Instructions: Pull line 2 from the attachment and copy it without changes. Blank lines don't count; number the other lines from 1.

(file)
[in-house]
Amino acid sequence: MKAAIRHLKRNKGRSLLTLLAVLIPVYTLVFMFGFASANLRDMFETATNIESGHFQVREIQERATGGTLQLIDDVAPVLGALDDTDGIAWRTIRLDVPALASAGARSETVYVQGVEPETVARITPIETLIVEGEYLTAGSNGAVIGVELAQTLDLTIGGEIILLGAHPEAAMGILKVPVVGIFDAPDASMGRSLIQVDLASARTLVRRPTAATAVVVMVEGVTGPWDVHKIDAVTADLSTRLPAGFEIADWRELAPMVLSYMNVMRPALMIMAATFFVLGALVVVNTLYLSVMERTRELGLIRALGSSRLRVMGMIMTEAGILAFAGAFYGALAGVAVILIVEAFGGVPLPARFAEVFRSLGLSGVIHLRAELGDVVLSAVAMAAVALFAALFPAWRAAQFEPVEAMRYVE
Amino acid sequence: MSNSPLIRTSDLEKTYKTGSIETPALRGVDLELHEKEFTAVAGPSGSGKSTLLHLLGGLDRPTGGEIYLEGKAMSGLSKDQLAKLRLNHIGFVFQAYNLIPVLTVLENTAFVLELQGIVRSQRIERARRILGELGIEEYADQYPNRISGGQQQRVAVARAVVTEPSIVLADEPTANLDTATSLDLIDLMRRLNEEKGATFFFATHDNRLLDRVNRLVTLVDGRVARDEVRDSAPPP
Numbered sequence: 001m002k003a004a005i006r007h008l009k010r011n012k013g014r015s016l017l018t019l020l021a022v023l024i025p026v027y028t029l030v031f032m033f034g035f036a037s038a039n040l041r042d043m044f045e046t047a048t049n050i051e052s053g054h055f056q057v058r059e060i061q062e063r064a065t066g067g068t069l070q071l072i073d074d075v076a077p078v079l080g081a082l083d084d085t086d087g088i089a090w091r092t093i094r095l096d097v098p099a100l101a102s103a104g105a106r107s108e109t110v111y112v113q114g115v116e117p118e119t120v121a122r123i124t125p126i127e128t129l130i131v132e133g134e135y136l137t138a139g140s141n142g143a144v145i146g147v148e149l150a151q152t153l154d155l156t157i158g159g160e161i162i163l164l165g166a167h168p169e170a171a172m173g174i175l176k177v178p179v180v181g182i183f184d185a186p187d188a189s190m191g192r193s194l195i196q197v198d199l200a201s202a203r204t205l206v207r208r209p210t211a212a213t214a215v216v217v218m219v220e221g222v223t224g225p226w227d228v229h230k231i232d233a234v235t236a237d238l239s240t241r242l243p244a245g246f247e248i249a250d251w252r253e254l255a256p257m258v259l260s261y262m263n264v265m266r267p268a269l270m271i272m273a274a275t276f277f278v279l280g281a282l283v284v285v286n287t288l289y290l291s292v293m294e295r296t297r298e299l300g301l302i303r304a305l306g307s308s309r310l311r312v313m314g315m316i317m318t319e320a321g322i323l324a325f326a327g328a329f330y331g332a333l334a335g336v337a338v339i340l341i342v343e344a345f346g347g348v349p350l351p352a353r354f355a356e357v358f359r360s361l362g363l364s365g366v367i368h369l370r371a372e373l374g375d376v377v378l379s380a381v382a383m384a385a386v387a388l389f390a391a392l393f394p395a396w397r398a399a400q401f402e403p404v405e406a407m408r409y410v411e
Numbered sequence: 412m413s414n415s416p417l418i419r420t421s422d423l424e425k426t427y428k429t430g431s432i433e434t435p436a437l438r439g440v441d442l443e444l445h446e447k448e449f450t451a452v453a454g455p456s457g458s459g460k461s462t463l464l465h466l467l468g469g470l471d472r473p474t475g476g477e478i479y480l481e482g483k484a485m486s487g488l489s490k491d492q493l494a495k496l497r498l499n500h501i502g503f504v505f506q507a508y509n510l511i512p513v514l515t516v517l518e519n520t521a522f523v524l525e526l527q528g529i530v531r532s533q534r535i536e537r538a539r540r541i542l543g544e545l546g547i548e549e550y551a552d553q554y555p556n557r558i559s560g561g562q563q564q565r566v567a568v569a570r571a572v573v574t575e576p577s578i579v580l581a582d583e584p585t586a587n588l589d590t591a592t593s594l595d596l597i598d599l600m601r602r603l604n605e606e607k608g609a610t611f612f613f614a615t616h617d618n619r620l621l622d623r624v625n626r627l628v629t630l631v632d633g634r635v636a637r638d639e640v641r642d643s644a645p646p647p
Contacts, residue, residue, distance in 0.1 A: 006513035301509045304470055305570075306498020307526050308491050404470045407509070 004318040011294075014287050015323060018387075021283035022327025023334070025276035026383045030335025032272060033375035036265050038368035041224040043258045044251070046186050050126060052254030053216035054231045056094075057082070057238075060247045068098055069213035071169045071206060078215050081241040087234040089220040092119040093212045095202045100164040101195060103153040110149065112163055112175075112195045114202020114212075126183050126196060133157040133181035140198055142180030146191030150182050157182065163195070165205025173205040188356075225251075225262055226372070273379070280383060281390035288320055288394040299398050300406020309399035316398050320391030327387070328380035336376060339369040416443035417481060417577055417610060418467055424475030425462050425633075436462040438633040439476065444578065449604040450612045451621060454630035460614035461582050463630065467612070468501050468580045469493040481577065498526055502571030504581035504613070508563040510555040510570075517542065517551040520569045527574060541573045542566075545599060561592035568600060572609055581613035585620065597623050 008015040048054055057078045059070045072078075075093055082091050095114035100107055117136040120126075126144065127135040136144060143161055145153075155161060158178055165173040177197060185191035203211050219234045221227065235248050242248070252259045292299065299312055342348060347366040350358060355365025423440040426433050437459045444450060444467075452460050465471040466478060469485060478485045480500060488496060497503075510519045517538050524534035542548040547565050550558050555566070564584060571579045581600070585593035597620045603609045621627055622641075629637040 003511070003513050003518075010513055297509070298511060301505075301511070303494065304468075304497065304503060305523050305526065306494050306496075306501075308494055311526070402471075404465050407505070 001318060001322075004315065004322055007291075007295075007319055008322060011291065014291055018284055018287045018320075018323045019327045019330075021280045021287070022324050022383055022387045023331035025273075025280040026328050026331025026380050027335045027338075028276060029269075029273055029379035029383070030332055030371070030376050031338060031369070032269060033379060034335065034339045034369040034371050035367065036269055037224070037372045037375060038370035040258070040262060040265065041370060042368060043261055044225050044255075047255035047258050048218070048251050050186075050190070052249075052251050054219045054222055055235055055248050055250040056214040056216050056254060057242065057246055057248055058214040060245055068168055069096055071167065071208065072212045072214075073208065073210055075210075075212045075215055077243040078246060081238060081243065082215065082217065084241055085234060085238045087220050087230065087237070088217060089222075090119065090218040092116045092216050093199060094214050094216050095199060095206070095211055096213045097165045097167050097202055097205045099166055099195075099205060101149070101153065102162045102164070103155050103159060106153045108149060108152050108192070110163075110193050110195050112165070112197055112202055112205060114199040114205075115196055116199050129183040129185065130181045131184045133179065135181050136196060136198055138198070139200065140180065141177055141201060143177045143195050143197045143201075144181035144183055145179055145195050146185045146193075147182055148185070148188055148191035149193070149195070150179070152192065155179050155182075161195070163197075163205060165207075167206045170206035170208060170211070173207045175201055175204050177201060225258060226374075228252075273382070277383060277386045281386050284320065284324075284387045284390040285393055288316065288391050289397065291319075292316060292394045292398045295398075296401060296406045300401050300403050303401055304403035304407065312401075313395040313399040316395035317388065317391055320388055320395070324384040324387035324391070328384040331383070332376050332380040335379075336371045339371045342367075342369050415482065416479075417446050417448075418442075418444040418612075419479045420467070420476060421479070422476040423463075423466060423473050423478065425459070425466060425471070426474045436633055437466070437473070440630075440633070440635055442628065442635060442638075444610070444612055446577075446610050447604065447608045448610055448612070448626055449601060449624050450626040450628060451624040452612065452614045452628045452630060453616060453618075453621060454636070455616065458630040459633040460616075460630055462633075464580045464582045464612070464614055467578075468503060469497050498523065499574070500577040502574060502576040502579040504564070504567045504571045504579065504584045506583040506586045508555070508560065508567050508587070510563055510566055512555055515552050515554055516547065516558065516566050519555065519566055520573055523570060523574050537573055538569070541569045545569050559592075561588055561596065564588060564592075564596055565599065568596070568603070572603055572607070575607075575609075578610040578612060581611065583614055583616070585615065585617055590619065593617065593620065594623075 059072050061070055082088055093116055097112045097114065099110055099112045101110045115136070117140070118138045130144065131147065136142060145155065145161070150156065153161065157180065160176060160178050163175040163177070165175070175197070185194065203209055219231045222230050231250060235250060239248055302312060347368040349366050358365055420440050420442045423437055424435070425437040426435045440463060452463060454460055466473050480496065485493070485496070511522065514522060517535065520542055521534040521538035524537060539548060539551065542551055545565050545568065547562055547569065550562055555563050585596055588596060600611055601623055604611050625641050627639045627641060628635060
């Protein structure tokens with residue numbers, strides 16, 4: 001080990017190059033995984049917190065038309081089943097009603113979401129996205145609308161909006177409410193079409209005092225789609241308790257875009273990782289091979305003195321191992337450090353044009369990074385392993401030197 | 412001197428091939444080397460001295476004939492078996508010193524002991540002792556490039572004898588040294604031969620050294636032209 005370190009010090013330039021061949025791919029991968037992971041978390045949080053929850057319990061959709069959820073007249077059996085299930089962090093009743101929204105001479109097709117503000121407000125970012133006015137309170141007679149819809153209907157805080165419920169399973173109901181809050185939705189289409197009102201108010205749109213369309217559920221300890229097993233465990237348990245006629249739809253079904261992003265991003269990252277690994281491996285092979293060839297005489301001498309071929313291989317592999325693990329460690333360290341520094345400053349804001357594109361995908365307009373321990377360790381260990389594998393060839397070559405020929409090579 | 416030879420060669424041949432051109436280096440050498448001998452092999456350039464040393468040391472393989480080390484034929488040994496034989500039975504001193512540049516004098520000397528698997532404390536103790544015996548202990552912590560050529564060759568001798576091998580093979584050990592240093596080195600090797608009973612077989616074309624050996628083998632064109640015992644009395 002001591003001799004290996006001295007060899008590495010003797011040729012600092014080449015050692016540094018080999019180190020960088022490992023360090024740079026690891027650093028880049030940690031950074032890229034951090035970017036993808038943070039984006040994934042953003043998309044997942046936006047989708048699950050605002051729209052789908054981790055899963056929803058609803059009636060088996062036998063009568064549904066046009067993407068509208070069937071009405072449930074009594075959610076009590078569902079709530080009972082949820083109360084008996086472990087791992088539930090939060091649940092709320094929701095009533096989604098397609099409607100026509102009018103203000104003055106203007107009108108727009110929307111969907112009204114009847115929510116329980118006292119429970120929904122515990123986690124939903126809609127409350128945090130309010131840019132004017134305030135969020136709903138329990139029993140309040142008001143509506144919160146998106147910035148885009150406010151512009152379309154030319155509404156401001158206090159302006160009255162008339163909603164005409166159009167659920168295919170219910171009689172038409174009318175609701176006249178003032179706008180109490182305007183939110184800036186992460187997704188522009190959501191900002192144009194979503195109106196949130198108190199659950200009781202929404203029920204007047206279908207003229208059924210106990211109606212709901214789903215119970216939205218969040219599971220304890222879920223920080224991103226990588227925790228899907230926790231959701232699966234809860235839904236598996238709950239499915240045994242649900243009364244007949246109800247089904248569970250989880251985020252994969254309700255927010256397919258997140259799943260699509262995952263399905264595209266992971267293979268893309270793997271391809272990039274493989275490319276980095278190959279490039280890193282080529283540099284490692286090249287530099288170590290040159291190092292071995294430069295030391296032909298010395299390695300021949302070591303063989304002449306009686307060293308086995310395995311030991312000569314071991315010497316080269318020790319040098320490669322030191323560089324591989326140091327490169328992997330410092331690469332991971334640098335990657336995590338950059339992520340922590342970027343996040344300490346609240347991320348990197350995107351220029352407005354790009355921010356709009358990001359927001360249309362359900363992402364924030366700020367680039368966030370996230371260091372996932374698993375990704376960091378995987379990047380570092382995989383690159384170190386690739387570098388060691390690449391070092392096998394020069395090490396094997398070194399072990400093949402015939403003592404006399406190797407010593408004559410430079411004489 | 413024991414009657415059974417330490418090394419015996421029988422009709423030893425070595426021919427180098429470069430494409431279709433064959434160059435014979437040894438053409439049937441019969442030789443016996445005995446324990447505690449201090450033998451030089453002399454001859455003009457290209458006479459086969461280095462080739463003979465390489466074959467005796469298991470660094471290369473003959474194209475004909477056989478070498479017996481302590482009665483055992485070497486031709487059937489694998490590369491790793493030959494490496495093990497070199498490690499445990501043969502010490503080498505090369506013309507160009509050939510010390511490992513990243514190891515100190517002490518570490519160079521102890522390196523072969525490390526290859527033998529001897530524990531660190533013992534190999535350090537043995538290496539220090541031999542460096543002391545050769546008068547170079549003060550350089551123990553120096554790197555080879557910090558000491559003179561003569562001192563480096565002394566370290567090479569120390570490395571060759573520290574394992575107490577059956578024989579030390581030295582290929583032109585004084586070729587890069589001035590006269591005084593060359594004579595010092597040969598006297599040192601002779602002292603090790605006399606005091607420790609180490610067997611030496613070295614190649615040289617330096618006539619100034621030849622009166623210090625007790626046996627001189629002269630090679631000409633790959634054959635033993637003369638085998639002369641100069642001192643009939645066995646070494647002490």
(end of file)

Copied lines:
Amino acid sequence: MKAAIRHLKRNKGRSLLTLLAVLIPVYTLVFMFGFASANLRDMFETATNIESGHFQVREIQERATGGTLQLIDDVAPVLGALDDTDGIAWRTIRLDVPALASAGARSETVYVQGVEPETVARITPIETLIVEGEYLTAGSNGAVIGVELAQTLDLTIGGEIILLGAHPEAAMGILKVPVVGIFDAPDASMGRSLIQVDLASARTLVRRPTAATAVVVMVEGVTGPWDVHKIDAVTADLSTRLPAGFEIADWRELAPMVLSYMNVMRPALMIMAATFFVLGALVVVNTLYLSVMERTRELGLIRALGSSRLRVMGMIMTEAGILAFAGAFYGALAGVAVILIVEAFGGVPLPARFAEVFRSLGLSGVIHLRAELGDVVLSAVAMAAVALFAALFPAWRAAQFEPVEAMRYVE